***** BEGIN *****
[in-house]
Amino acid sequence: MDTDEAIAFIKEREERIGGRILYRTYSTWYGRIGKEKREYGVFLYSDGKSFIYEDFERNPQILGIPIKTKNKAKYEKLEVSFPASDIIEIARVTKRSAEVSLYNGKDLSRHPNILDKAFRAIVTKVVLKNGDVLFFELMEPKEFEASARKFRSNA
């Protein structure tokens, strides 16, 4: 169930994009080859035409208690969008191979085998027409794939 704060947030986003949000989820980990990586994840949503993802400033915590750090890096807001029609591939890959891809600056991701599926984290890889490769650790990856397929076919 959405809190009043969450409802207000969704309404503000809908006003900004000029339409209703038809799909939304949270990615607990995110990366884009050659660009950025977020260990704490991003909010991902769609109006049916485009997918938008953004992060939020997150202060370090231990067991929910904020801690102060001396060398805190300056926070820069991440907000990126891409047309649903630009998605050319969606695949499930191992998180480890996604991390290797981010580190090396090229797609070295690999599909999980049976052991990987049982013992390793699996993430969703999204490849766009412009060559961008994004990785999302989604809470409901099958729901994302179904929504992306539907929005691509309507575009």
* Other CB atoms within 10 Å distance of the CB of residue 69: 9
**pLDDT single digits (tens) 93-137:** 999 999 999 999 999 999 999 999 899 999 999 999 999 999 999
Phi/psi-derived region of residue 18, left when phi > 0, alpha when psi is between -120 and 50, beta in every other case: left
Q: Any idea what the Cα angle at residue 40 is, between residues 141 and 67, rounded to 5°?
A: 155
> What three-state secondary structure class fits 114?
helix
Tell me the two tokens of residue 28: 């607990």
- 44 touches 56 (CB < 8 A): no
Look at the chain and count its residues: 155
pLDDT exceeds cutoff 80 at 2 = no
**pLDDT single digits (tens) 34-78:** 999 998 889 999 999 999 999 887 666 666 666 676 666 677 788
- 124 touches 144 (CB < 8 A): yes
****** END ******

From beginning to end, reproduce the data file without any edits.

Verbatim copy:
[in-house]
Amino acid sequence: MDTDEAIAFIKEREERIGGRILYRTYSTWYGRIGKEKREYGVFLYSDGKSFIYEDFERNPQILGIPIKTKNKAKYEKLEVSFPASDIIEIARVTKRSAEVSLYNGKDLSRHPNILDKAFRAIVTKVVLKNGDVLFFELMEPKEFEASARKFRSNA
């Protein structure tokens, strides 16, 4: 169930994009080859035409208690969008191979085998027409794939 704060947030986003949000989820980990990586994840949503993802400033915590750090890096807001029609591939890959891809600056991701599926984290890889490769650790990856397929076919 959405809190009043969450409802207000969704309404503000809908006003900004000029339409209703038809799909939304949270990615607990995110990366884009050659660009950025977020260990704490991003909010991902769609109006049916485009997918938008953004992060939020997150202060370090231990067991929910904020801690102060001396060398805190300056926070820069991440907000990126891409047309649903630009998605050319969606695949499930191992998180480890996604991390290797981010580190090396090229797609070295690999599909999980049976052991990987049982013992390793699996993430969703999204490849766009412009060559961008994004990785999302989604809470409901099958729901994302179904929504992306539907929005691509309507575009």
* Other CB atoms within 10 Å distance of the CB of residue 69: 9
**pLDDT single digits (tens) 93-137:** 999 999 999 999 999 999 999 999 899 999 999 999 999 999 999
Phi/psi-derived region of residue 18, left when phi > 0, alpha when psi is between -120 and 50, beta in every other case: left
Q: Any idea what the Cα angle at residue 40 is, between residues 141 and 67, rounded to 5°?
A: 155
> What three-state secondary structure class fits 114?
helix
Tell me the two tokens of residue 28: 């607990």
- 44 touches 56 (CB < 8 A): no
Look at the chain and count its residues: 155
pLDDT exceeds cutoff 80 at 2 = no
**pLDDT single digits (tens) 34-78:** 999 998 889 999 999 999 999 887 666 666 666 676 666 677 788
- 124 touches 144 (CB < 8 A): yes